The New Zealand parliament just put the kibosh on software patents in a 117-4 vote. The language of the bill is a little strange essentially declaring that any computer program doesn’t classify as an invention however any computer application that’s an implementation of a process (which itself can be patented) is patentable. This legislation is also not retroactive which means that any software patents granted in New Zealand prior to its passing will remain in effect until their expiry date. Whilst this isn’t the kind of clean sweep that many of us would have hoped for I think it’s probably the best outcome we could realistically hope for and the work done in New Zealand will hopefully function well as a catalyst for similar legislation to be passed elsewhere.
Unfortunately the place that it’s least likely to happen in is also the place where it’s needed the most: the USA. The vast majority of software patents and their ensuing lawsuits take place in the USA and unfortunately the guaranteed way of avoiding infringement (not selling your software there) means cutting out one of the world’s largest markets. The only way I can see the situation changing there is if the EU passed similar laws however I haven’t heard of them attempting to do anything of the sort. The changes passed in New Zealand might go a ways to influence them along the same lines, but I’m not holding my breath on that one.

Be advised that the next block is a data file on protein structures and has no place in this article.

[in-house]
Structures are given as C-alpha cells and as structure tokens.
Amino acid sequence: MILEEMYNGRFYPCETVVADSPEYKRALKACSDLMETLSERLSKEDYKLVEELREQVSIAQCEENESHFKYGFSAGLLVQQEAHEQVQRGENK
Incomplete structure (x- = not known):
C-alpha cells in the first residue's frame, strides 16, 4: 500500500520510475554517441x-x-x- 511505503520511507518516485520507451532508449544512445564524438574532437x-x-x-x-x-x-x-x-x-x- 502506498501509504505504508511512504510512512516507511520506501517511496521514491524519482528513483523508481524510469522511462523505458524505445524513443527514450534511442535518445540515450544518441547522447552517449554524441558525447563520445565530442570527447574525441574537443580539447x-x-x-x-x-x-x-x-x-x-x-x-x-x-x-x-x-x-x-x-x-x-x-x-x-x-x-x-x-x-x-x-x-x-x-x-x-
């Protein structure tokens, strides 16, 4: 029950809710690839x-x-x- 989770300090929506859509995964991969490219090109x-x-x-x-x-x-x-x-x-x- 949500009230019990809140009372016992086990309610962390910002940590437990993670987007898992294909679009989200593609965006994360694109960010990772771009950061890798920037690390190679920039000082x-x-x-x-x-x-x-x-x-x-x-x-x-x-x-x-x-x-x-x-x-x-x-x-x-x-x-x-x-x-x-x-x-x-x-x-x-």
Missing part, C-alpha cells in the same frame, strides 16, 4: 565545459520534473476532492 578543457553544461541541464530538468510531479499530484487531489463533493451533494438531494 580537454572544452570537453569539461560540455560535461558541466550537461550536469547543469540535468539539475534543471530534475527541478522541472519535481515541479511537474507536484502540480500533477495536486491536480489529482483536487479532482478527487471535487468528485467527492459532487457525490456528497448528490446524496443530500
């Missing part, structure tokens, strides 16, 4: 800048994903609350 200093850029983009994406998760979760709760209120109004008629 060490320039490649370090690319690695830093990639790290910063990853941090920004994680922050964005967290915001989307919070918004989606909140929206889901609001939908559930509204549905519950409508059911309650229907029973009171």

So overall this is a good thing however we’re still a long way off from eradicating the evils of software patents. We always knew this would be a long fight, one that would likely take decades to see any real progress in, but the decision in New Zealand shows that there’s a strong desire from the industry for change in this area and people in power are starting to take notice.
I haven’t talked about the Apple vs Samsung court case that’s been raging on for the past year mostly because I didn’t feel like there was anything interesting to say about it. Usually these kinds of court cases are business negotiations that have gone south and they’re just using the legal system to figure out who should be paying who for what. The Apple vs Samsung case was slightly different as it appeared to be more of a move from Apple to try and block Samsung out of the USA market, one where they’re starting to get quite the foothold thanks to their flagship Galaxy devices selling like the proverbial hotcakes. Samsung isn’t completely innocent in this regard either, pulling the same kind of tactic in other markets.